As the story progresses, we see several instances—if alternate choices had been made—where the rape could have been prevented. Keir's father, his coach, his siblings or his friends could have stepped in to set this young man straight on various occasions. "If he had been dealt with more forcefully at some of the earlier warning points in his life," Lynch explains, "he could well have been molded into a stronger individual. But instead, he was allowed to devolve by being unchallenged."
Although we are able to sympathize with Keir and his situation, Lynch is not at all dismissive about the heinousness of the crime. "Keir is allowed to see himself as a loveable rogue rather than a genuine threat to society," Lynch points out. "And, I fear this is not an uncommon situation."
Whether Inexcusable will become required reading for young men everywhere is yet to be seen, but opening a discussion of date rape among those who might be at risk—both to as perpetrators and as victims—is certainly a step in the right direction. Copyright 2005 BookPage Reviews.
Horn Book Guide Reviews 2006 Spring
When Keir Sarafian cripples an opposing football player, he calls the act "an unfortunately magnificent hit." He defines his heavy drinking as recreational camaraderie, and date rape as a declaration of love. Keir chronicles the events of his senior year in this provocative novel, layering more elaborate excuses on his increasingly violent behavior, and his unreliable narration creeps up on the reader. Copyright 2006 Horn Book Guide Reviews.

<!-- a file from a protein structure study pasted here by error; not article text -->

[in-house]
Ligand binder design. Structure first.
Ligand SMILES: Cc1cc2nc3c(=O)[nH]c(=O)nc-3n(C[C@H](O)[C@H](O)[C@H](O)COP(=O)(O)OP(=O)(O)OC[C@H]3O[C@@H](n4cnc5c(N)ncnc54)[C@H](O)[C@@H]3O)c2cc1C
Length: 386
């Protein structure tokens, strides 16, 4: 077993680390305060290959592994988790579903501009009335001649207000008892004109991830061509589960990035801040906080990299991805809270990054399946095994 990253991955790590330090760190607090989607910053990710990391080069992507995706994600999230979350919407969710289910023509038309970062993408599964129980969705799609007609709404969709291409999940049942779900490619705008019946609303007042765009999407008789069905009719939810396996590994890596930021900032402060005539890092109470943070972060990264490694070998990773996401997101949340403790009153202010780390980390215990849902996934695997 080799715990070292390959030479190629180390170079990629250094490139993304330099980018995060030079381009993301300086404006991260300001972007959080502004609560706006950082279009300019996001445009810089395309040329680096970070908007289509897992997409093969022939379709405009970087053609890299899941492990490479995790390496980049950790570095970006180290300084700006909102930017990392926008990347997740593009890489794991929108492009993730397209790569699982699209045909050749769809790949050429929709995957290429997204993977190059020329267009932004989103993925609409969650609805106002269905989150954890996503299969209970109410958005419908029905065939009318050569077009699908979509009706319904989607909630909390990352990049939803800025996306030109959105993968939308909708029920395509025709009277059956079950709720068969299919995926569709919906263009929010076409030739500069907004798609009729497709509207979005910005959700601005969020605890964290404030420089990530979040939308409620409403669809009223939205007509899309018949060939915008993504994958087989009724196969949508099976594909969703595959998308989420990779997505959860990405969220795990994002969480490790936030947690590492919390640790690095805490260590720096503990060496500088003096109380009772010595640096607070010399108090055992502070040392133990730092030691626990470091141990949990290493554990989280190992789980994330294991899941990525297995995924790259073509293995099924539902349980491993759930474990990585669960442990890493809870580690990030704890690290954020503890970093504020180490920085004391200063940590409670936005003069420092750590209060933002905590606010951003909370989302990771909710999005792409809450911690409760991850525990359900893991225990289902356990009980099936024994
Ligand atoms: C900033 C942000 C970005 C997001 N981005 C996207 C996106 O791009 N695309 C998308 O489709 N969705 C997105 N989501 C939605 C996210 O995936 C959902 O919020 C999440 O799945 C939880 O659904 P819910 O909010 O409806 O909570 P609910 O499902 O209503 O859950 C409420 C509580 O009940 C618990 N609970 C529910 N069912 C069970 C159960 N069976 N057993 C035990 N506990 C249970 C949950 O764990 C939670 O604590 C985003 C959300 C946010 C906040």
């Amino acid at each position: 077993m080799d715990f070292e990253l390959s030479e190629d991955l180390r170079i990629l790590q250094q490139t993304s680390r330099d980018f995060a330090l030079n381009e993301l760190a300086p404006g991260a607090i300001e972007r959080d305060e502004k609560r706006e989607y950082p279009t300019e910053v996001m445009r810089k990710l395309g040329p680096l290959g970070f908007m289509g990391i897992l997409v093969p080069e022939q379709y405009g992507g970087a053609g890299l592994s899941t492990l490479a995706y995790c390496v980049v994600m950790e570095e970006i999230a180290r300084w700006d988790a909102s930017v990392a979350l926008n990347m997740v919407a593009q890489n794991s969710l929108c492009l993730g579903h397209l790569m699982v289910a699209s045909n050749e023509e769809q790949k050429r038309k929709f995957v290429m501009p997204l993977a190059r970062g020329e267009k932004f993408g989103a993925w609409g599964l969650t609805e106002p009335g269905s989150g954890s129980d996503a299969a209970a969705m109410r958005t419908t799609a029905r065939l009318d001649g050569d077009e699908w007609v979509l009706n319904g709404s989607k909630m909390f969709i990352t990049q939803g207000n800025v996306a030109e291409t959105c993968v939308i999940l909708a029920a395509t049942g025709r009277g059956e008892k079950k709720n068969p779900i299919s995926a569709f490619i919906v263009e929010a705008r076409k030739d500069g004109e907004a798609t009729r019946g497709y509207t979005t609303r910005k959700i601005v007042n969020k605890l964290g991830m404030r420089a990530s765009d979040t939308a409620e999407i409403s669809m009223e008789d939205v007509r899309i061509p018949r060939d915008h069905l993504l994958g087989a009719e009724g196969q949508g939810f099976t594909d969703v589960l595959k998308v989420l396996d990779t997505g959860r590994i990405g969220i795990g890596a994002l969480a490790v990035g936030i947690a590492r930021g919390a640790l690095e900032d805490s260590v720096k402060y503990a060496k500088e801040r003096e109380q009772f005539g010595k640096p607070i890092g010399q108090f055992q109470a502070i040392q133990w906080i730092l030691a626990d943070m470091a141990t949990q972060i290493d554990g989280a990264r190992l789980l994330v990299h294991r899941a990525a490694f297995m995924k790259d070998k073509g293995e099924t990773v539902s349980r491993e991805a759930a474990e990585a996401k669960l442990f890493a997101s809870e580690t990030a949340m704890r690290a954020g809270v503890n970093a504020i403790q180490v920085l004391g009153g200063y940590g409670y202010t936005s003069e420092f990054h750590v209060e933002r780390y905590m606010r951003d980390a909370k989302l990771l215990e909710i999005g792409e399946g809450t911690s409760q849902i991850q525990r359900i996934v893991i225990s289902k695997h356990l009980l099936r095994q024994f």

Horn Book Magazine Reviews 2006 #1
"Your actions are important, and you are responsible for them" is a prominent theme in young adult literature; it sneaks into Lynch's provocative new book when readers meet Keir Sarafian, who believes that he alone is important and that anything he does can be justified. When he cripples an opposing football player, Keir spins the act as "an unfortunately magnificent hit." He defines his heavy drinking as recreational camaraderie; wanton vandalism of a Paul Revere statue as upholding the honor of the underappreciated William Dawes; and date rape as a declaration of love. Keir has an answer for everything: "The way it looks is not the way it is," he writes. His unreliable narration creeps up on the reader, who (initially at least) expects the way things look to be the way they are. Keir chronicles the events of his senior year, layering more elaborate excuses on his increasingly violent behavior. He describes himself as a "good guy," but readers gradually discover that popularity does not define goodness. And neither does society, with its sanctioned athletic violence and its ambivalence toward "bad boy" behavior. Keir finally realizes who he is; readers should ask themselves, Is Keir also a part of me? Copyright 2006 Horn Book Magazine Reviews.
Kirkus Reviews 2005 October #2